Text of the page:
What is the coefficient of mass gained/lost by a star in its first phase transitioning into a blackhole.

Does the blackhole have more or less mass than the star it was made from?

Thank you



For a star to be turned into a black hole it needs some inward force compressing the matter. In nature this force is gravity, pulling the star's material inward. An additional compression occurs when the star's outer material bounces off of the dense core and is expelled outwards.

This is the same type of process that happens during a core collapse supernova to form a neutron star. In fact if the star is massive enough to begin with, the remnant from the supernova will be a black hole.

In either case a great deal of the star's mass is expelled outward, leaving the resulting neutron star or black hole much less massive than it started.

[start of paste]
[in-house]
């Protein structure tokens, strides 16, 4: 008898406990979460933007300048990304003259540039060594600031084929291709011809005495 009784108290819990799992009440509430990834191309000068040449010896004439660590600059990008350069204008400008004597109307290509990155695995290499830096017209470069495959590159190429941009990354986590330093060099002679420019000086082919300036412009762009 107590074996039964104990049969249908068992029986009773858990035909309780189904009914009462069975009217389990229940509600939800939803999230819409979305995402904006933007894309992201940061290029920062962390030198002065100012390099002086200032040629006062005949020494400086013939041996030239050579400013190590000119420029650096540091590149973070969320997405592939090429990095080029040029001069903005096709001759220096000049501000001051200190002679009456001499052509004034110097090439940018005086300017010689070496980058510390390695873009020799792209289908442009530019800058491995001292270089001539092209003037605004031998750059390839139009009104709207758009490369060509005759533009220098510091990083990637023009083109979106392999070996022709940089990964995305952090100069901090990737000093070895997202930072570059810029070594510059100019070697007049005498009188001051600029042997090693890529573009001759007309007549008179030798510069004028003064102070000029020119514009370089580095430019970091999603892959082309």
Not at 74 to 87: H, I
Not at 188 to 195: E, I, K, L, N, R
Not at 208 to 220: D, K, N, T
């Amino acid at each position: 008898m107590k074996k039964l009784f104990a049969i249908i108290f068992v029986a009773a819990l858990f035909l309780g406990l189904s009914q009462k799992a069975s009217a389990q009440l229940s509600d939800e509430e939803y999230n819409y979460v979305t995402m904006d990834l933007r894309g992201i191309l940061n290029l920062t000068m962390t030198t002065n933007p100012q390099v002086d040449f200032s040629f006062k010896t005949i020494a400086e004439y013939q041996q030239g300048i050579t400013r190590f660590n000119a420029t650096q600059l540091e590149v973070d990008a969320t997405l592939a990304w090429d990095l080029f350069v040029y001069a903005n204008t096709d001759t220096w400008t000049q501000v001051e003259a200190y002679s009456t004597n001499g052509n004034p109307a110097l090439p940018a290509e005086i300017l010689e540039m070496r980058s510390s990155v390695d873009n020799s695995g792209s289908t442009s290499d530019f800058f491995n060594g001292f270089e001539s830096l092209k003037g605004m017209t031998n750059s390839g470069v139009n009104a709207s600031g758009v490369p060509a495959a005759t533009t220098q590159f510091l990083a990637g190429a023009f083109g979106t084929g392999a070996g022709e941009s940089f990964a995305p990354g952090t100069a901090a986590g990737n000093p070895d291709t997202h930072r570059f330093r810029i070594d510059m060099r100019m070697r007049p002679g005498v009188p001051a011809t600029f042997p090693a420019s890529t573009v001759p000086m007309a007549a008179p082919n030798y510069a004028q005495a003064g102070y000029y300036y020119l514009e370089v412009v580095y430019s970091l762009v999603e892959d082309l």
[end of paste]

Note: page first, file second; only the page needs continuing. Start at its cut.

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  • $\begingroup$ Just a small correction: The inward force compressing the matter is just gravity. The expulsion of matter outwards is a consequence of tapping into the gravitational potential energy. $\endgroup$ – kleingordon Jan 29 '16 at 22:57
  • $\begingroup$ Good point, I never mentioned the initial gravitational collapse. You are correct that the explosion is gravitationally driven, as the infalling material bounces of the dense core. The bounce does provide additional compression. I was going for a simple Newton's third law argument to ignore the gory details... maybe I ignored too many. (edited answer to mention gravity) $\endgroup$ – Paul T. Jan 31 '16 at 16:58

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